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Captain Sig Dishes on "Deadliest Catch"


The toughest/craziest/bravest effin’ fishermen on the high seas are back for a fifth season as Deadliest Catch premieres tonight at 9 PM ET on the Discovery Channel. We’re celebrating the return of our favorite reality show by talking with the man at the helm of the Northwestern, Captain Sig Hansen. Learn how this Seattle-based badass survives the brutal Bering Sea, overcomes sleep deprivation, and relaxes with Desperate Housewives.

Did you ever imagine Deadliest Catch would be this popular?
Absolutely not. It was supposed to be a documentary for the first year, and it just kept snowballing.

I’ve noticed that you guys pull marathon hours when you’re out at sea. What’s the longest you’ve been awake?
Over three days.

How do you do that? What’s the trick?
It’s just determination.

And coffee?
Yeah, a lot of coffee, chocolate, and cigarettes.

When do you decide that enough is enough and you’ve got to sleep?
You start hallucinating. (Laughs) It depends and if you know that bad weather is coming in, you do whatever. But, our goal is to have a steady schedule; it just doesn’t happen all the time.

You mentioned hallucinating. What’s the craziest shit you’ve seen?
I remember when I was a kid, I was a deckhand. A guy woke me up for a watch, and I’d been up for I don’t know how long. When you take a watch, and it’s a four-man deck, everybody takes an hour. I was the second watch. In other words, I had slept for an hour and he puts me up in the wheelhouse, and I was hallucinating...I thought I was on another boat with another captain. It didn’t make sense to me. I saw two images on the radar and it looked like 10 because the crab lights were glistening in the windows. I did that for about an hour. I didn’t realize where I was.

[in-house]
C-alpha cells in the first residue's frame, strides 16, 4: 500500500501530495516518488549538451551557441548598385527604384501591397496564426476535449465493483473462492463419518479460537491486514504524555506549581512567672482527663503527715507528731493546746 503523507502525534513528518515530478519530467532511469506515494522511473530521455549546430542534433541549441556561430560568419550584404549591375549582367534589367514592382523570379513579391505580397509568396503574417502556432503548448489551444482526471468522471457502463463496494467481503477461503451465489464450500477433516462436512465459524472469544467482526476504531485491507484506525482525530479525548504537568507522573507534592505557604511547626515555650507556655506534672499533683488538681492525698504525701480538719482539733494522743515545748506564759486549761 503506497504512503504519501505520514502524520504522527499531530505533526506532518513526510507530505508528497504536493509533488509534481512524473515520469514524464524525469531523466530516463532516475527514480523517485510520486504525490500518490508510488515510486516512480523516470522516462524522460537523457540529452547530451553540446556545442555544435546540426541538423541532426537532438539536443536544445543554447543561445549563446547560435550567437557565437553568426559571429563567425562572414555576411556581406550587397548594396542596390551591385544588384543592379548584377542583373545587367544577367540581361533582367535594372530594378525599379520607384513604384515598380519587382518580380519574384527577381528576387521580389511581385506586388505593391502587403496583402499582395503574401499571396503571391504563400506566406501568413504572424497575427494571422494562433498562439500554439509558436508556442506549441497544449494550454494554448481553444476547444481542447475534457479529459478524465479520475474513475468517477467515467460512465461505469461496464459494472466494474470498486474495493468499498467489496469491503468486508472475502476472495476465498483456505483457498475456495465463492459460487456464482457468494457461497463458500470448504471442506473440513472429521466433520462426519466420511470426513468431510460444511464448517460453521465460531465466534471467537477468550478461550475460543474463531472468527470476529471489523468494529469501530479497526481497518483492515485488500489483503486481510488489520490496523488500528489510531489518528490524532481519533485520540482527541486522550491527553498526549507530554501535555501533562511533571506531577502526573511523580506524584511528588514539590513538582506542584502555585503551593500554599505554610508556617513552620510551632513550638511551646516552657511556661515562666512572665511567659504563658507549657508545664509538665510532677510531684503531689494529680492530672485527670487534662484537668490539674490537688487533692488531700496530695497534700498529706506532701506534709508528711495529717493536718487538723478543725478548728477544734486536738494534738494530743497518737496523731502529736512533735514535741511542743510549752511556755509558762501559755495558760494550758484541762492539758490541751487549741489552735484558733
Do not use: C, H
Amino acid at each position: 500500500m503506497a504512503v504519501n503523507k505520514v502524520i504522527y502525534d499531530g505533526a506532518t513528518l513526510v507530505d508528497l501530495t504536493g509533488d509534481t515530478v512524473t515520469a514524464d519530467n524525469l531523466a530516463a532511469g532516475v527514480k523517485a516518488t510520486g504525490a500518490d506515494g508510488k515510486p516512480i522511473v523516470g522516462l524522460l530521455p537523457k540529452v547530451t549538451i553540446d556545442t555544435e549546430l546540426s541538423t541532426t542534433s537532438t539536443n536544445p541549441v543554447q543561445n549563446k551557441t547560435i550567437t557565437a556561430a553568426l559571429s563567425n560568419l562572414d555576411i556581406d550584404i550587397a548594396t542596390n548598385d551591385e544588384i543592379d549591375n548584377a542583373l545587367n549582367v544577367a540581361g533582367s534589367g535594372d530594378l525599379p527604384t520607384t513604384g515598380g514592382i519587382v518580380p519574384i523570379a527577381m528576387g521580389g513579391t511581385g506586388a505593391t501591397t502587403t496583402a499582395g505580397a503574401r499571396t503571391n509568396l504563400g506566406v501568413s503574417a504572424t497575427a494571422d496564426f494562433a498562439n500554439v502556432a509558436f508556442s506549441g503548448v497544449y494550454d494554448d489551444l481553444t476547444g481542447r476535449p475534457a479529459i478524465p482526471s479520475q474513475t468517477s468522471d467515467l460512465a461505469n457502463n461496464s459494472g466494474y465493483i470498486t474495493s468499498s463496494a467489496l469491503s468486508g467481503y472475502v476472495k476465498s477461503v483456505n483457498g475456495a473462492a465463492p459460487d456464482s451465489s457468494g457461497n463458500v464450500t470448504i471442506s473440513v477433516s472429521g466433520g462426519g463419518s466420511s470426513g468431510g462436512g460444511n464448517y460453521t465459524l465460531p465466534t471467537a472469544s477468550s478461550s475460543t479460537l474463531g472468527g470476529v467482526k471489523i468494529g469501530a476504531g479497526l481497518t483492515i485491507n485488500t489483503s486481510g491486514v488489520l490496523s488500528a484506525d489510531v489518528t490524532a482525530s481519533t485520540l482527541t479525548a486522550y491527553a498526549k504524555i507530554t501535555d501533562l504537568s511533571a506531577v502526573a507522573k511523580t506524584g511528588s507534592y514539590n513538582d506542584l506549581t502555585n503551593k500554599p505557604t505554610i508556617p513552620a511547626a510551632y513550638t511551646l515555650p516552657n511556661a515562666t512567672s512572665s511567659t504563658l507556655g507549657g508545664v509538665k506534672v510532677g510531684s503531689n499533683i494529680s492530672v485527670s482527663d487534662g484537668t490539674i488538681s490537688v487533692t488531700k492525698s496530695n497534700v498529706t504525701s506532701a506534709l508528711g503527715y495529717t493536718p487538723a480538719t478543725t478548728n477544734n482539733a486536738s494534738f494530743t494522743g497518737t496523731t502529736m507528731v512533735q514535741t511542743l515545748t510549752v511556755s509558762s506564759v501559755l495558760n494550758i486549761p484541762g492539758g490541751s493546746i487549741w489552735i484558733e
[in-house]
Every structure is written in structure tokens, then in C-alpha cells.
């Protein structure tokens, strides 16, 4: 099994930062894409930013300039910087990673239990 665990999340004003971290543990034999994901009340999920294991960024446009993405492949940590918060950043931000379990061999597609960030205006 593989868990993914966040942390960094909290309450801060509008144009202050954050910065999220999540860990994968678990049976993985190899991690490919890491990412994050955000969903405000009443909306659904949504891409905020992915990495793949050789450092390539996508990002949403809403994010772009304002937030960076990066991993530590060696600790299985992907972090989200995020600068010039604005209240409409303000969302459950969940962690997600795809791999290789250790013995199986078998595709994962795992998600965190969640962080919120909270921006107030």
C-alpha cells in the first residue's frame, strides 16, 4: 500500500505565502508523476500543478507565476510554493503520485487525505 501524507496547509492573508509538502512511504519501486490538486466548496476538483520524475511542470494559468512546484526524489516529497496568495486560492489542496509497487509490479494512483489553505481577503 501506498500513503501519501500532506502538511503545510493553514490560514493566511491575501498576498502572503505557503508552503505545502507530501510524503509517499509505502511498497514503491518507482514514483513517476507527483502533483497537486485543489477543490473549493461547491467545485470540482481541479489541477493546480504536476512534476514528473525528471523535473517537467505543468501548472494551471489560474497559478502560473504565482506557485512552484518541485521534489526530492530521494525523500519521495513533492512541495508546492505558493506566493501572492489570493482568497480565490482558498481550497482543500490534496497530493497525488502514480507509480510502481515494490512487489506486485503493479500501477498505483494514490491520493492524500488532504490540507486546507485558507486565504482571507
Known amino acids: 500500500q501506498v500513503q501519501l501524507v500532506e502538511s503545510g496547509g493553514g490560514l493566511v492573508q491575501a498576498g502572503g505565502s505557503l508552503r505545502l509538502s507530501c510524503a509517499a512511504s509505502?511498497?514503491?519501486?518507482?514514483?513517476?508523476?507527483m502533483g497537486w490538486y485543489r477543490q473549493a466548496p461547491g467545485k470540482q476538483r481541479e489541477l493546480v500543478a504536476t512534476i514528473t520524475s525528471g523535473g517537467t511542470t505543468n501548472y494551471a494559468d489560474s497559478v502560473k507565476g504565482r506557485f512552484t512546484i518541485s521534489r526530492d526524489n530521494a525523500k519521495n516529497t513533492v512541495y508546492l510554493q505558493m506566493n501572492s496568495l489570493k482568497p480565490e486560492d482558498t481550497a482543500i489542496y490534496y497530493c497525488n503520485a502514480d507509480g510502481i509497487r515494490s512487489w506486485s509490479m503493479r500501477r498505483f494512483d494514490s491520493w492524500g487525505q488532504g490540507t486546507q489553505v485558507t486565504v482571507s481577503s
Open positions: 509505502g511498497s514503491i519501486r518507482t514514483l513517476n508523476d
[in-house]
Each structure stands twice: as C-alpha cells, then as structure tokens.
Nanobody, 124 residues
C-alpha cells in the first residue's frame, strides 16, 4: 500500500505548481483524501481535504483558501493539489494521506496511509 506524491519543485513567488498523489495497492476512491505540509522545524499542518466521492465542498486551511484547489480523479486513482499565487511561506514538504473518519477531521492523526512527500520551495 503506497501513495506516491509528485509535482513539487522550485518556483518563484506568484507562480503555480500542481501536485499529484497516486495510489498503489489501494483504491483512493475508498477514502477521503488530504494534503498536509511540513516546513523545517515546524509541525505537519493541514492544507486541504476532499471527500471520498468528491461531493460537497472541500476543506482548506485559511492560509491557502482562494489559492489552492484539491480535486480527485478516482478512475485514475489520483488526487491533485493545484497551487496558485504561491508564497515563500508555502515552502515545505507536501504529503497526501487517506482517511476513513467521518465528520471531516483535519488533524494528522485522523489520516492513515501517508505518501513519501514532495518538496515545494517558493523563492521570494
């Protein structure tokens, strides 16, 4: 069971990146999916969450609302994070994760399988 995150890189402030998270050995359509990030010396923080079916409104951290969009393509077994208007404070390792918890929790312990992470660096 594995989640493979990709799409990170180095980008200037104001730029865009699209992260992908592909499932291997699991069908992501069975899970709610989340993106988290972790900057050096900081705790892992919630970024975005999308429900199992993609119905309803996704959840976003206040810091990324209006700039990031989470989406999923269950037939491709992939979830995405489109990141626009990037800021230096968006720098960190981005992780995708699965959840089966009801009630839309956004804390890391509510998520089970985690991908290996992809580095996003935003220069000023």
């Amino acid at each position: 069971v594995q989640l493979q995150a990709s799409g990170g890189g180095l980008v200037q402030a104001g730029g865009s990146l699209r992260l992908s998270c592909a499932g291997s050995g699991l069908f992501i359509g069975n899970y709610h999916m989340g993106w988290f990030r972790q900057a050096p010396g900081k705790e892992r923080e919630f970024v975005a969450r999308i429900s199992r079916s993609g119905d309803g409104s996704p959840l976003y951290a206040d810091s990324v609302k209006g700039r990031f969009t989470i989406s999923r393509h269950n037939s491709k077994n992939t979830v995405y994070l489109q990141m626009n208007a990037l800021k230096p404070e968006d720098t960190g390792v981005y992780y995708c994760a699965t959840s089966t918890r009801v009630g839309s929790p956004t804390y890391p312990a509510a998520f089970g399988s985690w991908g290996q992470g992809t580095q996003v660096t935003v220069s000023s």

When you call a life insurance company, do they hang up on you immediately?
Oh no, we can get life insurance. The boat has us covered that way. There’s no retirement for a fisherman.

How many times during your fishing career have you truly been concerned for your life?
A couple, three times.

Tell me about the worst.
We had the boat iced down so bad that we had three- to four-foot thick ice around the boat. We took this wave, and the bow had become this iceberg. The boat was sinking. I had water up to the wheelhouse windows. She was going down nose first. I just floored it and turned it hard over. When the next wave hit me, it turned the boat to the side and washed all the water out, and she slowly came back. It took us 18 hours to get the ice off the boat.

Do you ever have a greenhorn on board that just completely loses his shit?
Oh yeah.

How do you handle that?
(Evil laugh) I don’t. It’s too bad for them.

So, the Alaskan king crab is your big haul, right?
Yeah, we’ve done a half-million dollars in 80 hours. It’s about five dollars a pound, so if I fill my boat it’s about a one million dollar load. Then I’ve gone for a couple of months where we ended up in the hole. I have had it where everybody had to chip in $3,000 because we used fuel, bait, and food, and we made it up the next season.

You obviously have some deal with the Discovery Channel. Is that a lucrative thing for you guys?